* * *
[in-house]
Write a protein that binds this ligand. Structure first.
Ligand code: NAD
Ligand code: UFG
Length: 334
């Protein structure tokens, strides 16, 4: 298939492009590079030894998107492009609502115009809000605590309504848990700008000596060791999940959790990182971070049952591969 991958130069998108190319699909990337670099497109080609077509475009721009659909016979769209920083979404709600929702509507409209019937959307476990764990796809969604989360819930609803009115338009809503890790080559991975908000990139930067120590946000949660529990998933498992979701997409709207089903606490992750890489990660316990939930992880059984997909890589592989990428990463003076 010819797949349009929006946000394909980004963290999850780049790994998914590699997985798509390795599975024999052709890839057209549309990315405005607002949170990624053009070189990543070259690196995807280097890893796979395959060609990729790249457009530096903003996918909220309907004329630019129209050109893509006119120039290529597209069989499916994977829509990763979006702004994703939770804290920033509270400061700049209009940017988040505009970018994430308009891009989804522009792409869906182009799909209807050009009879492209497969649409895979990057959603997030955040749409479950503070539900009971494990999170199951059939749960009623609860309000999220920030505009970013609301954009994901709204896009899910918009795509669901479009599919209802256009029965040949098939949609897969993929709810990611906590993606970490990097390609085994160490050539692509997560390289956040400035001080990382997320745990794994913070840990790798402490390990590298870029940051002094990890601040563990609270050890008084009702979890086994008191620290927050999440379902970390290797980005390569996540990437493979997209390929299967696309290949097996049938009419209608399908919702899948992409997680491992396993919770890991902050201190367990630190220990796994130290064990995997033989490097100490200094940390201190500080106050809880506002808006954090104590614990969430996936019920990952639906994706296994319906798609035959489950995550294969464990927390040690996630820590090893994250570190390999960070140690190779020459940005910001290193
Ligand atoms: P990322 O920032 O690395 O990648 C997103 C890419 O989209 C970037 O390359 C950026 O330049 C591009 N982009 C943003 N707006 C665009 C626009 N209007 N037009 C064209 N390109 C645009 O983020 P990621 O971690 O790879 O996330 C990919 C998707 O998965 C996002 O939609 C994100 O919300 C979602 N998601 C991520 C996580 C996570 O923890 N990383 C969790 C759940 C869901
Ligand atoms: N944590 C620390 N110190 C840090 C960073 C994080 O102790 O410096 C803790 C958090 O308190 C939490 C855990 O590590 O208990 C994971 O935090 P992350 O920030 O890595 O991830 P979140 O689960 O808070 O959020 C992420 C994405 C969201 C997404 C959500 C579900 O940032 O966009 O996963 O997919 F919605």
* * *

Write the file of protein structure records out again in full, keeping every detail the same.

[in-house]
Write a protein that binds this ligand. Structure first.
Ligand code: NAD
Ligand code: UFG
Length: 334
């Protein structure tokens, strides 16, 4: 298939492009590079030894998107492009609502115009809000605590309504848990700008000596060791999940959790990182971070049952591969 991958130069998108190319699909990337670099497109080609077509475009721009659909016979769209920083979404709600929702509507409209019937959307476990764990796809969604989360819930609803009115338009809503890790080559991975908000990139930067120590946000949660529990998933498992979701997409709207089903606490992750890489990660316990939930992880059984997909890589592989990428990463003076 010819797949349009929006946000394909980004963290999850780049790994998914590699997985798509390795599975024999052709890839057209549309990315405005607002949170990624053009070189990543070259690196995807280097890893796979395959060609990729790249457009530096903003996918909220309907004329630019129209050109893509006119120039290529597209069989499916994977829509990763979006702004994703939770804290920033509270400061700049209009940017988040505009970018994430308009891009989804522009792409869906182009799909209807050009009879492209497969649409895979990057959603997030955040749409479950503070539900009971494990999170199951059939749960009623609860309000999220920030505009970013609301954009994901709204896009899910918009795509669901479009599919209802256009029965040949098939949609897969993929709810990611906590993606970490990097390609085994160490050539692509997560390289956040400035001080990382997320745990794994913070840990790798402490390990590298870029940051002094990890601040563990609270050890008084009702979890086994008191620290927050999440379902970390290797980005390569996540990437493979997209390929299967696309290949097996049938009419209608399908919702899948992409997680491992396993919770890991902050201190367990630190220990796994130290064990995997033989490097100490200094940390201190500080106050809880506002808006954090104590614990969430996936019920990952639906994706296994319906798609035959489950995550294969464990927390040690996630820590090893994250570190390999960070140690190779020459940005910001290193
Ligand atoms: P990322 O920032 O690395 O990648 C997103 C890419 O989209 C970037 O390359 C950026 O330049 C591009 N982009 C943003 N707006 C665009 C626009 N209007 N037009 C064209 N390109 C645009 O983020 P990621 O971690 O790879 O996330 C990919 C998707 O998965 C996002 O939609 C994100 O919300 C979602 N998601 C991520 C996580 C996570 O923890 N990383 C969790 C759940 C869901
Ligand atoms: N944590 C620390 N110190 C840090 C960073 C994080 O102790 O410096 C803790 C958090 O308190 C939490 C855990 O590590 O208990 C994971 O935090 P992350 O920030 O890595 O991830 P979140 O689960 O808070 O959020 C992420 C994405 C969201 C997404 C959500 C579900 O940032 O966009 O996963 O997919 F919605």